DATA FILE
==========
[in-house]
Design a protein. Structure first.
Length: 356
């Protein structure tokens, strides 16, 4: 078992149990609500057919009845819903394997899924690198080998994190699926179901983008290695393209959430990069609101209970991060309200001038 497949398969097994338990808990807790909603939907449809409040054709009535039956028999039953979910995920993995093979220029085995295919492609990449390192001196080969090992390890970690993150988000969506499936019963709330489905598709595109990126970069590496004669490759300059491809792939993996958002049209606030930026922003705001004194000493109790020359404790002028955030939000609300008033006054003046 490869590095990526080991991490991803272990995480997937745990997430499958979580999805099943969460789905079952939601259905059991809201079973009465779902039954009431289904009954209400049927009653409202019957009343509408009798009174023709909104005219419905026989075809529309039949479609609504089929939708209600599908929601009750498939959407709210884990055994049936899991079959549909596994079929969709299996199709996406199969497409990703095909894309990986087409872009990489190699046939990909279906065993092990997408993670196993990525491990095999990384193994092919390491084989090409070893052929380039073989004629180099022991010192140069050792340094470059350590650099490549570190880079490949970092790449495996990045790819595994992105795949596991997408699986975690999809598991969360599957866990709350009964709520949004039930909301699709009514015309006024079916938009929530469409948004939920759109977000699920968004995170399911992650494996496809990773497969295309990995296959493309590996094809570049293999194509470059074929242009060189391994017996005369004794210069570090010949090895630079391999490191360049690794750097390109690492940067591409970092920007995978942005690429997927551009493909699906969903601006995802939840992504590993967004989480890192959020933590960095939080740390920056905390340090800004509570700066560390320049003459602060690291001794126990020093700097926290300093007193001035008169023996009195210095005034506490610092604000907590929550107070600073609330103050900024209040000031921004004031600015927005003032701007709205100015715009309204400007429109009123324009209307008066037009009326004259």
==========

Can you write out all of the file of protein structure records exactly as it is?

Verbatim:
[in-house]
Design a protein. Structure first.
Length: 356
């Protein structure tokens, strides 16, 4: 078992149990609500057919009845819903394997899924690198080998994190699926179901983008290695393209959430990069609101209970991060309200001038 497949398969097994338990808990807790909603939907449809409040054709009535039956028999039953979910995920993995093979220029085995295919492609990449390192001196080969090992390890970690993150988000969506499936019963709330489905598709595109990126970069590496004669490759300059491809792939993996958002049209606030930026922003705001004194000493109790020359404790002028955030939000609300008033006054003046 490869590095990526080991991490991803272990995480997937745990997430499958979580999805099943969460789905079952939601259905059991809201079973009465779902039954009431289904009954209400049927009653409202019957009343509408009798009174023709909104005219419905026989075809529309039949479609609504089929939708209600599908929601009750498939959407709210884990055994049936899991079959549909596994079929969709299996199709996406199969497409990703095909894309990986087409872009990489190699046939990909279906065993092990997408993670196993990525491990095999990384193994092919390491084989090409070893052929380039073989004629180099022991010192140069050792340094470059350590650099490549570190880079490949970092790449495996990045790819595994992105795949596991997408699986975690999809598991969360599957866990709350009964709520949004039930909301699709009514015309006024079916938009929530469409948004939920759109977000699920968004995170399911992650494996496809990773497969295309990995296959493309590996094809570049293999194509470059074929242009060189391994017996005369004794210069570090010949090895630079391999490191360049690794750097390109690492940067591409970092920007995978942005690429997927551009493909699906969903601006995802939840992504590993967004989480890192959020933590960095939080740390920056905390340090800004509570700066560390320049003459602060690291001794126990020093700097926290300093007193001035008169023996009195210095005034506490610092604000907590929550107070600073609330103050900024209040000031921004004031600015927005003032701007709205100015715009309204400007429109009123324009209307008066037009009326004259």